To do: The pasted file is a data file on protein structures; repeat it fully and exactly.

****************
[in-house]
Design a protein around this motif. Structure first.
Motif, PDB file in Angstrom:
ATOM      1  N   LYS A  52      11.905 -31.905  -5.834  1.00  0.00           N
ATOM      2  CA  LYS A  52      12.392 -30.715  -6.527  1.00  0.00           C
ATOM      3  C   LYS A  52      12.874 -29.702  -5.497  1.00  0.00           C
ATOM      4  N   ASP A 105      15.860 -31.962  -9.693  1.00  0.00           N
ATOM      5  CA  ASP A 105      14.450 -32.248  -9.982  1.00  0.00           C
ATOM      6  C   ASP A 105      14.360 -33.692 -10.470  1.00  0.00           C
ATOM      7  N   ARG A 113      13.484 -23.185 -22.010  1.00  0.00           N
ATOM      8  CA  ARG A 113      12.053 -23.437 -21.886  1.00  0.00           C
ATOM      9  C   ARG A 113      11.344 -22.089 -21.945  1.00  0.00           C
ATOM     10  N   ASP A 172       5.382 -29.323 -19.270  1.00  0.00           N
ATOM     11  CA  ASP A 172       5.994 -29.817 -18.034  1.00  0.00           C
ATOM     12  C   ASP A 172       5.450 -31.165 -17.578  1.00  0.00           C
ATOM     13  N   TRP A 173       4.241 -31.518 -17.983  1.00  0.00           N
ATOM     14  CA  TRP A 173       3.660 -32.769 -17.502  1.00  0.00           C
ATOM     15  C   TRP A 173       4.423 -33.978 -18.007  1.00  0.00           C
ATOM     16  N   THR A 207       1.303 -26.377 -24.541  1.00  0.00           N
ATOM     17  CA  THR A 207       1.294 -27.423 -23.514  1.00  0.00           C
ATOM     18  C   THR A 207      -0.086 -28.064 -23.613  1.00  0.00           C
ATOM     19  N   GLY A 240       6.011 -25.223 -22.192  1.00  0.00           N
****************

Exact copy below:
[in-house]
Design a protein around this motif. Structure first.
Motif, PDB file in Angstrom:
ATOM      1  N   LYS A  52      11.905 -31.905  -5.834  1.00  0.00           N
ATOM      2  CA  LYS A  52      12.392 -30.715  -6.527  1.00  0.00           C
ATOM      3  C   LYS A  52      12.874 -29.702  -5.497  1.00  0.00           C
ATOM      4  N   ASP A 105      15.860 -31.962  -9.693  1.00  0.00           N
ATOM      5  CA  ASP A 105      14.450 -32.248  -9.982  1.00  0.00           C
ATOM      6  C   ASP A 105      14.360 -33.692 -10.470  1.00  0.00           C
ATOM      7  N   ARG A 113      13.484 -23.185 -22.010  1.00  0.00           N
ATOM      8  CA  ARG A 113      12.053 -23.437 -21.886  1.00  0.00           C
ATOM      9  C   ARG A 113      11.344 -22.089 -21.945  1.00  0.00           C
ATOM     10  N   ASP A 172       5.382 -29.323 -19.270  1.00  0.00           N
ATOM     11  CA  ASP A 172       5.994 -29.817 -18.034  1.00  0.00           C
ATOM     12  C   ASP A 172       5.450 -31.165 -17.578  1.00  0.00           C
ATOM     13  N   TRP A 173       4.241 -31.518 -17.983  1.00  0.00           N
ATOM     14  CA  TRP A 173       3.660 -32.769 -17.502  1.00  0.00           C
ATOM     15  C   TRP A 173       4.423 -33.978 -18.007  1.00  0.00           C
ATOM     16  N   THR A 207       1.303 -26.377 -24.541  1.00  0.00           N
ATOM     17  CA  THR A 207       1.294 -27.423 -23.514  1.00  0.00           C
ATOM     18  C   THR A 207      -0.086 -28.064 -23.613  1.00  0.00           C
ATOM     19  N   GLY A 240       6.011 -25.223 -22.192  1.00  0.00           N